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Thursday, 18 July 2013

Capital Requirements Won’t Save Us

By Frank Shostak

On Tuesday July 2, 2013 US central bank policy makers voted in favor of the US version of the global bank rules known as the Basel 3 accord. The cornerstone of the new rules is a requirement that banks maintain high quality capital, such as stock or retained earnings, equal to 7 percent of their loans and assets.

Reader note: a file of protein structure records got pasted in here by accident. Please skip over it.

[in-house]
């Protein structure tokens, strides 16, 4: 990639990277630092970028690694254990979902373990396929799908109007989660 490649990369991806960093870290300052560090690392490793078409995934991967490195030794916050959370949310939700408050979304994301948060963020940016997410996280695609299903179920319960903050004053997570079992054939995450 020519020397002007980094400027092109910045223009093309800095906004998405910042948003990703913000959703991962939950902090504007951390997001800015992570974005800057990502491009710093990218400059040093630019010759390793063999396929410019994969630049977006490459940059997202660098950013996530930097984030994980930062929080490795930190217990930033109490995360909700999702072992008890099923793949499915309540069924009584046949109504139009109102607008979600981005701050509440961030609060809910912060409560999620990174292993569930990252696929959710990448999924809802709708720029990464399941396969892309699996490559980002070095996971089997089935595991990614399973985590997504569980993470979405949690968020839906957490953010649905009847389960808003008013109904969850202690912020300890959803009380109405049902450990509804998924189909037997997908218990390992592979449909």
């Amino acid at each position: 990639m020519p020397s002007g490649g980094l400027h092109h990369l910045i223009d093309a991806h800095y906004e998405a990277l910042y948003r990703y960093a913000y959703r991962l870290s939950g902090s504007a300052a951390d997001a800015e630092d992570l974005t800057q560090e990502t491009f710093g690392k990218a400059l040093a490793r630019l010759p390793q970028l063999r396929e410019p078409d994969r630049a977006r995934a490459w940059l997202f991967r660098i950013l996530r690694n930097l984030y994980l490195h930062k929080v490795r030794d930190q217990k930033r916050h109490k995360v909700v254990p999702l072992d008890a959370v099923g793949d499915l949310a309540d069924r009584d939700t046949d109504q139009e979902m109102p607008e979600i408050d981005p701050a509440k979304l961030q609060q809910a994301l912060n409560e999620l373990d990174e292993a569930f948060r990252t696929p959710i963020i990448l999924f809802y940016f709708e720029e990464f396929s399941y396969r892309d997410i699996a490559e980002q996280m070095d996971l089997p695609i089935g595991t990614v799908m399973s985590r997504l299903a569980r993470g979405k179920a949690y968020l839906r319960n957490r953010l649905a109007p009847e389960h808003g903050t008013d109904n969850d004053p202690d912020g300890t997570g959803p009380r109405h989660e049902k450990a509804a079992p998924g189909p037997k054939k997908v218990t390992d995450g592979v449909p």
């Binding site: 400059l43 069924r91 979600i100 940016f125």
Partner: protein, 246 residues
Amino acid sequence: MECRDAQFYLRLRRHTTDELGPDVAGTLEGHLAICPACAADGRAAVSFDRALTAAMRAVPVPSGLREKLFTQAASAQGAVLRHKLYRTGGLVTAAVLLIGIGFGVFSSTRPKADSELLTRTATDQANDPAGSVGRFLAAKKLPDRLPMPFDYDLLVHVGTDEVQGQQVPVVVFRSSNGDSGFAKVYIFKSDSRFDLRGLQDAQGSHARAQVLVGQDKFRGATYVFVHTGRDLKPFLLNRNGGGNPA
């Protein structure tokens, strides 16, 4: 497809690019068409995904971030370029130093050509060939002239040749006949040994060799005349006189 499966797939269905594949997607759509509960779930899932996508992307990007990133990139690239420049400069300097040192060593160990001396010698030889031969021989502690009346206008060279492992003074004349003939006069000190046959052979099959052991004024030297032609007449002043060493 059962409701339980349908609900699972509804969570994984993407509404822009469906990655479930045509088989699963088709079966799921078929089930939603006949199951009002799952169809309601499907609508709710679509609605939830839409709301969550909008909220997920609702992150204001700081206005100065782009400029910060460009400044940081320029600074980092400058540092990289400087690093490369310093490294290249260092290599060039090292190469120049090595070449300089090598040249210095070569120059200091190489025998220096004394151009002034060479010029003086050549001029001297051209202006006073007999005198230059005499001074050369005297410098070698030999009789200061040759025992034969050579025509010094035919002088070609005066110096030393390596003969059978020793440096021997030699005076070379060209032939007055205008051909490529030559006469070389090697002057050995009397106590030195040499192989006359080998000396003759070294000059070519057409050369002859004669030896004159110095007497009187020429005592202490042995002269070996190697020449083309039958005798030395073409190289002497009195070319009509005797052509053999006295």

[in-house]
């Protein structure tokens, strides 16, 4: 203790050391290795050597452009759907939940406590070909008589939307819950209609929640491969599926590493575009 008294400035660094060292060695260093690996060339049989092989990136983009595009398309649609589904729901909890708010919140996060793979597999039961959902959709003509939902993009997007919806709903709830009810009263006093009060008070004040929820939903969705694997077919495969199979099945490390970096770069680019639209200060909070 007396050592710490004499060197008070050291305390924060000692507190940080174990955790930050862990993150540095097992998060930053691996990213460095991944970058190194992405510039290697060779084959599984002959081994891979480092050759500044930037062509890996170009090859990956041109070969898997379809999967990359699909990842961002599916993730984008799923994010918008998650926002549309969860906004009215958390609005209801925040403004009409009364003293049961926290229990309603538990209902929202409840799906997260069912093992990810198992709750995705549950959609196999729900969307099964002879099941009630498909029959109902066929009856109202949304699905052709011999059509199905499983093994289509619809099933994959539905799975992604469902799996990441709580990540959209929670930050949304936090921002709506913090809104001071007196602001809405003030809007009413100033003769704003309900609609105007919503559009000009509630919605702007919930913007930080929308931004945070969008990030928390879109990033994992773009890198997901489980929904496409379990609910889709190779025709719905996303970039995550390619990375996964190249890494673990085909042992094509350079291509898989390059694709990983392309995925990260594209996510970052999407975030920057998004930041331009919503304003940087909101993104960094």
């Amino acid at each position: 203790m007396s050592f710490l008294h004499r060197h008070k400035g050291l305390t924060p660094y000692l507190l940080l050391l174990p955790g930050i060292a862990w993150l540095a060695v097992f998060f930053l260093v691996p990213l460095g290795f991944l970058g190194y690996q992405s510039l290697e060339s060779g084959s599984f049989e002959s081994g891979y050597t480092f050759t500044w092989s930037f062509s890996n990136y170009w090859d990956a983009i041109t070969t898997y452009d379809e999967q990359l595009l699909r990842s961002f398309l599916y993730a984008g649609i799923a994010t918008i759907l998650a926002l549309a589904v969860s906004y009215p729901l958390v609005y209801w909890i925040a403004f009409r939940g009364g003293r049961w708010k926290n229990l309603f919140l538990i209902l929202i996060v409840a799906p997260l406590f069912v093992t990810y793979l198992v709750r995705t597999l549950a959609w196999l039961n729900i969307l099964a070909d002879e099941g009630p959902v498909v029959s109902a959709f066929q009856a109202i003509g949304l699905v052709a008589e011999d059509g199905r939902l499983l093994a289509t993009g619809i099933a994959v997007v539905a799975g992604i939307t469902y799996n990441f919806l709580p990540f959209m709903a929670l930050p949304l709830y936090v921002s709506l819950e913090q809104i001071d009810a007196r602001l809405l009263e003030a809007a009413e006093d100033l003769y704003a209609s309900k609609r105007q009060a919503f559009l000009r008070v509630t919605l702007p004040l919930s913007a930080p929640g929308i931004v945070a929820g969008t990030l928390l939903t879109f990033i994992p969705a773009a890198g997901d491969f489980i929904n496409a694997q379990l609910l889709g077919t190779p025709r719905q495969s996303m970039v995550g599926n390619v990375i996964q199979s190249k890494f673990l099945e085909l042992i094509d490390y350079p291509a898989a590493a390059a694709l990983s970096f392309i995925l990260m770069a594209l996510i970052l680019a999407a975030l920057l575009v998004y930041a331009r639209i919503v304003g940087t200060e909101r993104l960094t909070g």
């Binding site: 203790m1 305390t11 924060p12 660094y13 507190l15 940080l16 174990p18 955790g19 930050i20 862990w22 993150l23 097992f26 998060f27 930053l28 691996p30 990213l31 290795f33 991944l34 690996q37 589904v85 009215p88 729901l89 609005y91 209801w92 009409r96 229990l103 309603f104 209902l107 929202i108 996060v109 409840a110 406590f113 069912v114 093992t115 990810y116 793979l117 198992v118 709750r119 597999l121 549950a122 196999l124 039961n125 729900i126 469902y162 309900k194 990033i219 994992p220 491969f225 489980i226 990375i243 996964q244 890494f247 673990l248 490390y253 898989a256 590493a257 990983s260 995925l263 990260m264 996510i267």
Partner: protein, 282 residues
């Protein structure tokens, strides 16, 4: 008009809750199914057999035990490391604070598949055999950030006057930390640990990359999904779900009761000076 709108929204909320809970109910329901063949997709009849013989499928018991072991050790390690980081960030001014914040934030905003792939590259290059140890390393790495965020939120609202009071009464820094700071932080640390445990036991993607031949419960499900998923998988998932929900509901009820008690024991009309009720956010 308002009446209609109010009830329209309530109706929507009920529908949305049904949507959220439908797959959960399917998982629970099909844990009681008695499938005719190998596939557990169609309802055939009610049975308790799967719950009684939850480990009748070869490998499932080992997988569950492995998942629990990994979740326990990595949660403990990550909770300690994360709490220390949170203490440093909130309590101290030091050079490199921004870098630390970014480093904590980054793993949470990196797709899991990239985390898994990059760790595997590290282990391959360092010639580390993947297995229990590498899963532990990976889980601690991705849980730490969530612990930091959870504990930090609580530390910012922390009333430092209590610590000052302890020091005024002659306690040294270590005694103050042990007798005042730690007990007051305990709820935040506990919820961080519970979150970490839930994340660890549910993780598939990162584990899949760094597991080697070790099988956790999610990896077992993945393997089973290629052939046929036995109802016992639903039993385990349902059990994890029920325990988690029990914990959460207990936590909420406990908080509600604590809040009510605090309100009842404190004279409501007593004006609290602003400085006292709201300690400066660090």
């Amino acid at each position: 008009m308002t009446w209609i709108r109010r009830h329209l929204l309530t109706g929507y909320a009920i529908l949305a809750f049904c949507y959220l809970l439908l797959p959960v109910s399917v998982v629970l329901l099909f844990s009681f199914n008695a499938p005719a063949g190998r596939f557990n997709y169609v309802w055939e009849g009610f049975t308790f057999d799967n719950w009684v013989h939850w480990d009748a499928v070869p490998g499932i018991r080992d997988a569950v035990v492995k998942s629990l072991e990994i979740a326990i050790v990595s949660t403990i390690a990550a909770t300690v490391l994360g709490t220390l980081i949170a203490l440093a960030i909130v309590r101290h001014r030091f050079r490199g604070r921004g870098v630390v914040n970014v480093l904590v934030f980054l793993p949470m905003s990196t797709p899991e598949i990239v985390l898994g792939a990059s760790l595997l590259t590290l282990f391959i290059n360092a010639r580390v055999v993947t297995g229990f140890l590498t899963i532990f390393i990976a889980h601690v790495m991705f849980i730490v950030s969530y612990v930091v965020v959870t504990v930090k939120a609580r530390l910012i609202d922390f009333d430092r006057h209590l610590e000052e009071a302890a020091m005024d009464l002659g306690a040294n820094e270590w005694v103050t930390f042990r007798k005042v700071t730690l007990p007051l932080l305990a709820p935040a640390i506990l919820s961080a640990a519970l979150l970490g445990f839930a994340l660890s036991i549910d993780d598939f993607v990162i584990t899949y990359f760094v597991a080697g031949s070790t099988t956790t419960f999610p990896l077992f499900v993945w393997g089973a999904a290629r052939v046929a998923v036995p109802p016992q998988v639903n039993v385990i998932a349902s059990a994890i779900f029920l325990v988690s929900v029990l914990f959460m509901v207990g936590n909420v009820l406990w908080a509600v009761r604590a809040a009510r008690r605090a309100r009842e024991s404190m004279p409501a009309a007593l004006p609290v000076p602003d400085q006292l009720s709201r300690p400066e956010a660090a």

The bigger banks may be required to hold more than 9 percent. The Fed also drafted new “leverage ratio” rules to limit how much banks can borrow to fund their business.

However, the introduction of new regulations by the Fed cannot make the current monetary system stable and prevent financial upheavals.

The main factor of instability in the modern banking system is the present paper standard, supported by the existence of the central bank and fractional reserve lending.

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